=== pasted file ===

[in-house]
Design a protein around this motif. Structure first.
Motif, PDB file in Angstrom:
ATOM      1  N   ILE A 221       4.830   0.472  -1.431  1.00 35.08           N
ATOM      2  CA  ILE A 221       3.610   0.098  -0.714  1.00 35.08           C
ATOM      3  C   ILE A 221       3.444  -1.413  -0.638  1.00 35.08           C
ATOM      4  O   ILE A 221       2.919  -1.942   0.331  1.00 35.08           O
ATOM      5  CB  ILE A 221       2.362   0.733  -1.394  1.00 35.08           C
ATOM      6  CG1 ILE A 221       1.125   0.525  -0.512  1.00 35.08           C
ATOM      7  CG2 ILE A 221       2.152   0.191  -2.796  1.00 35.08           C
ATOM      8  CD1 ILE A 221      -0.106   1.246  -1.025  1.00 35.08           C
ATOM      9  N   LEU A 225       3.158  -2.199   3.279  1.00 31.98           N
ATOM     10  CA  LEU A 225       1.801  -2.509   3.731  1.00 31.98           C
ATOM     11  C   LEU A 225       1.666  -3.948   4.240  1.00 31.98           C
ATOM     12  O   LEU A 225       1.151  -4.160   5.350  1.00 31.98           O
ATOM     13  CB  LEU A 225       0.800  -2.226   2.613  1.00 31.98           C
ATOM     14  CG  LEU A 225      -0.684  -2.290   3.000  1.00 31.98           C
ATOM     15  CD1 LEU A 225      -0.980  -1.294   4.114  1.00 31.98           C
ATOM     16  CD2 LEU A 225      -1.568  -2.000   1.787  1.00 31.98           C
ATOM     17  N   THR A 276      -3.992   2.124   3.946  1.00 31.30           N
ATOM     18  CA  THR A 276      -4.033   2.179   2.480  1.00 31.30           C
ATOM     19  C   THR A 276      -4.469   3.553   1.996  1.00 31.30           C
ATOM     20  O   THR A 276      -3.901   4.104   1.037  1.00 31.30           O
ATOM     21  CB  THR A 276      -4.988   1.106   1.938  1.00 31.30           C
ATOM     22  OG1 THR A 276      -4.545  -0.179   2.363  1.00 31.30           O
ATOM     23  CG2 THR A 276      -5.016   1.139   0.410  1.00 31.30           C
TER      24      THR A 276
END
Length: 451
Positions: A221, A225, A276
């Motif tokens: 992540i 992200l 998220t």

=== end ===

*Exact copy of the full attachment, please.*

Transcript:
[in-house]
Design a protein around this motif. Structure first.
Motif, PDB file in Angstrom:
ATOM      1  N   ILE A 221       4.830   0.472  -1.431  1.00 35.08           N
ATOM      2  CA  ILE A 221       3.610   0.098  -0.714  1.00 35.08           C
ATOM      3  C   ILE A 221       3.444  -1.413  -0.638  1.00 35.08           C
ATOM      4  O   ILE A 221       2.919  -1.942   0.331  1.00 35.08           O
ATOM      5  CB  ILE A 221       2.362   0.733  -1.394  1.00 35.08           C
ATOM      6  CG1 ILE A 221       1.125   0.525  -0.512  1.00 35.08           C
ATOM      7  CG2 ILE A 221       2.152   0.191  -2.796  1.00 35.08           C
ATOM      8  CD1 ILE A 221      -0.106   1.246  -1.025  1.00 35.08           C
ATOM      9  N   LEU A 225       3.158  -2.199   3.279  1.00 31.98           N
ATOM     10  CA  LEU A 225       1.801  -2.509   3.731  1.00 31.98           C
ATOM     11  C   LEU A 225       1.666  -3.948   4.240  1.00 31.98           C
ATOM     12  O   LEU A 225       1.151  -4.160   5.350  1.00 31.98           O
ATOM     13  CB  LEU A 225       0.800  -2.226   2.613  1.00 31.98           C
ATOM     14  CG  LEU A 225      -0.684  -2.290   3.000  1.00 31.98           C
ATOM     15  CD1 LEU A 225      -0.980  -1.294   4.114  1.00 31.98           C
ATOM     16  CD2 LEU A 225      -1.568  -2.000   1.787  1.00 31.98           C
ATOM     17  N   THR A 276      -3.992   2.124   3.946  1.00 31.30           N
ATOM     18  CA  THR A 276      -4.033   2.179   2.480  1.00 31.30           C
ATOM     19  C   THR A 276      -4.469   3.553   1.996  1.00 31.30           C
ATOM     20  O   THR A 276      -3.901   4.104   1.037  1.00 31.30           O
ATOM     21  CB  THR A 276      -4.988   1.106   1.938  1.00 31.30           C
ATOM     22  OG1 THR A 276      -4.545  -0.179   2.363  1.00 31.30           O
ATOM     23  CG2 THR A 276      -5.016   1.139   0.410  1.00 31.30           C
TER      24      THR A 276
END
Length: 451
Positions: A221, A225, A276
């Motif tokens: 992540i 992200l 998220t």